379: 
1.6       jdf       380: Once this is complete, on i386, verify that both the MBR and NetBSD disk labels
1.1       jdf       381: are gone. On sparc64, verify that the Sun Disk label is gone as well.
                    382: 
                    383: On i386:
                    384: 
                    385:     # fdisk /dev/rwd1d
                    386:     
                    387:     fdisk: primary partition table invalid, no magic in sector 0
                    388:     Disk: /dev/rwd1d
                    389:     NetBSD disklabel disk geometry:
                    390:     cylinders: 19386, heads: 16, sectors/track: 63 (1008 sectors/cylinder)
                    391:     total sectors: 19541088
                    392:     
                    393:     BIOS disk geometry:
                    394:     cylinders: 1023, heads: 255, sectors/track: 63 (16065 sectors/cylinder)
                    395:     total sectors: 19541088
                    396:     
                    397:     Partition table:
                    398:     0: <UNUSED>
                    399:     1: <UNUSED>
                    400:     2: <UNUSED>
                    401:     3: <UNUSED>
                    402:     Bootselector disabled.
                    403:     
                    404:     # disklabel -r wd1
                    405:     
                    406:     [...snip...]
                    407:     16 partitions:
                    408:     #        size    offset     fstype [fsize bsize cpg/sgs]
                    409:      c:  19541025        63     unused      0     0        # (Cyl.      0* - 19385)
                    410:      d:  19541088         0     unused      0     0        # (Cyl.      0 - 19385)
                    411: 
                    412: On sparc64:
                    413: 
                    414:     # sunlabel /dev/rwd1c
                    415:     
                    416:     sunlabel: bogus label on `/dev/wd1c' (bad magic number)
                    417:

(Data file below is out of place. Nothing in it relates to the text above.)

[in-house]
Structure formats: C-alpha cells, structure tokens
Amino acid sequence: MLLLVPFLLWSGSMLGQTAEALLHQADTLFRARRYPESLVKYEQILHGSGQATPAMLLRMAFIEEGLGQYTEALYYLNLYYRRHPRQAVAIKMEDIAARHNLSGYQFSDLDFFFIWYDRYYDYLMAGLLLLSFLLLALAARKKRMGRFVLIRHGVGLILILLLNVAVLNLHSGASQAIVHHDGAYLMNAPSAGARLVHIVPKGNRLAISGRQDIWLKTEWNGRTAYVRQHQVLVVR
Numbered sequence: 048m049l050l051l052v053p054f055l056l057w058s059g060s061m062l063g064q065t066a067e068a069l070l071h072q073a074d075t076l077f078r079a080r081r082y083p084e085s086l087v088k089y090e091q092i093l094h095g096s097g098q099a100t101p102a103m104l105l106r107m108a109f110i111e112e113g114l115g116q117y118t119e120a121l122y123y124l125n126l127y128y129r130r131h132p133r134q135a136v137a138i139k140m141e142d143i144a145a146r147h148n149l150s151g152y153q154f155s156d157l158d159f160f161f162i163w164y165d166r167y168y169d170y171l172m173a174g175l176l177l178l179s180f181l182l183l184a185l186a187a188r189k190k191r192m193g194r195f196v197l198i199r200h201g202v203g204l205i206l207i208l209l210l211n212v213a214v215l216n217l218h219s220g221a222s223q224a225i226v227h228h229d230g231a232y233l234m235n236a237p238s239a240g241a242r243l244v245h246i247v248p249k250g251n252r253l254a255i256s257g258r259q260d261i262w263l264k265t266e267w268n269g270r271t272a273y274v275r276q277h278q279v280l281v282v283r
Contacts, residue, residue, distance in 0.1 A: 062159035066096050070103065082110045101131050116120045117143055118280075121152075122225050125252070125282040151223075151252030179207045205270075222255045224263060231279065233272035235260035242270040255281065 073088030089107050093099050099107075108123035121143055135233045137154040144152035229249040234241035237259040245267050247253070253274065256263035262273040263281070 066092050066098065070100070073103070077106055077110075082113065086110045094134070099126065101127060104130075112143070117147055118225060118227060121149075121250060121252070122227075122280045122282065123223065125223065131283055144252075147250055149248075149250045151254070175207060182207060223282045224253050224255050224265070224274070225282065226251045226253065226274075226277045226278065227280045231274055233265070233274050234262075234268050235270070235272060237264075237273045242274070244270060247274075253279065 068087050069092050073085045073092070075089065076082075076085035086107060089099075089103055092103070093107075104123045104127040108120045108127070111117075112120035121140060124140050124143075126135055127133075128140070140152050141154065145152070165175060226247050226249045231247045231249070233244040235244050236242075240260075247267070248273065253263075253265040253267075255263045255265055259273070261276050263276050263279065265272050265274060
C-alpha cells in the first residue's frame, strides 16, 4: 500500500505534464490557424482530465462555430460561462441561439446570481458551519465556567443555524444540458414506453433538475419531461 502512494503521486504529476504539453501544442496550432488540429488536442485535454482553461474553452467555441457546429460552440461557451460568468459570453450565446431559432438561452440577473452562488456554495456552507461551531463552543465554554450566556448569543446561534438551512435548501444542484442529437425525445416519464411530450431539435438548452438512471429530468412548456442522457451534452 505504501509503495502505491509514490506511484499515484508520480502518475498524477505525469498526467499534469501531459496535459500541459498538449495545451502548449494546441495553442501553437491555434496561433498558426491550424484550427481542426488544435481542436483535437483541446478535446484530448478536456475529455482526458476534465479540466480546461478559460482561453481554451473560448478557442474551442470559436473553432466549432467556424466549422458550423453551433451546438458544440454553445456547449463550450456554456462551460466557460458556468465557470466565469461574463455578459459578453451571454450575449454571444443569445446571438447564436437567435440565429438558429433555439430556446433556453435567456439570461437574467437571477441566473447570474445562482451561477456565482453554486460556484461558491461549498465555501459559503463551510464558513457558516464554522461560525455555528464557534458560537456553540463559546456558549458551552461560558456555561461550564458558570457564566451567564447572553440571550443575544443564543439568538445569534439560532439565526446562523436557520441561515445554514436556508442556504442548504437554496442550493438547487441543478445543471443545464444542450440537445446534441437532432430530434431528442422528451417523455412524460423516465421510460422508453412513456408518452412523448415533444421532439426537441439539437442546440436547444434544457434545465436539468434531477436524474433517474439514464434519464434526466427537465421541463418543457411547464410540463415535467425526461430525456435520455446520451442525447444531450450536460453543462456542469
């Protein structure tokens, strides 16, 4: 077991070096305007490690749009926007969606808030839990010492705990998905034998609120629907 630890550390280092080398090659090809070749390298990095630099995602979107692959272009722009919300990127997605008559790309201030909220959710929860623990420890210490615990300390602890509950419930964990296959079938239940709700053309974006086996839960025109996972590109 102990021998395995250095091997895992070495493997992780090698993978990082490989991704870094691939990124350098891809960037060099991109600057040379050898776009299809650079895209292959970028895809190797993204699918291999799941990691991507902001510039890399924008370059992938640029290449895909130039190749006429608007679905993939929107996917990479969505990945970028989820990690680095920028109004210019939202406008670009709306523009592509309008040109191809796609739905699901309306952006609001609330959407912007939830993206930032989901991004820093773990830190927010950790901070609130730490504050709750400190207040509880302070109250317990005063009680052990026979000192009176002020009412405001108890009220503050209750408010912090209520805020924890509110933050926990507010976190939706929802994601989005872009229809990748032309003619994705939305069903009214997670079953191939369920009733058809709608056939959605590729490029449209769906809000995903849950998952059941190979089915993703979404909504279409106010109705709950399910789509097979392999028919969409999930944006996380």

418:     # disklabel -r wd1
                    419:     
                    420:     [...snip...]
                    421:     3 partitions:
                    422:     #        size    offset     fstype [fsize bsize cpg/sgs]
                    423:      c:  19541088         0     unused      0     0        # (Cyl.      0 -  19385)
                    424:     disklabel: boot block size 0
                    425:     disklabel: super block size 0
                    426: 
1.6       jdf       427: Now that you are certain the second disk is empty, on i386 you must establish
                    428: the MBR on the second disk using the values obtained from Disk0/wd0 above. We
                    429: must remember to mark the NetBSD partition active or the system will not boot.
                    430: You must also create a NetBSD disklabel on Disk1/wd1 that will enable a RAID
                    431: volume to exist upon it. On sparc64, you will need to simply
                    432: [disklabel(8)](http://netbsd.gw.com/cgi-bin/man-cgi?disklabel+8+NetBSD-5.0.1+i386)
1.1       jdf       433: the second disk which will write the proper Sun Disk Label.
                    434: 
1.6       jdf       435: *Tip*:
                    436: [disklabel(8)](http://netbsd.gw.com/cgi-bin/man-cgi?disklabel+8+NetBSD-5.0.1+i386)
                    437: will use your shell' s environment variable `$EDITOR` variable to edit the
                    438: disklabel. The default is
1.1       jdf       439: [vi(1)](http://netbsd.gw.com/cgi-bin/man-cgi?vi+1+NetBSD-5.0.1+i386)
                    440: 
                    441: On i386:
                    442: 
                    443:     # fdisk -0ua /dev/rwd1d
                    444:     fdisk: primary partition table invalid, no magic in sector 0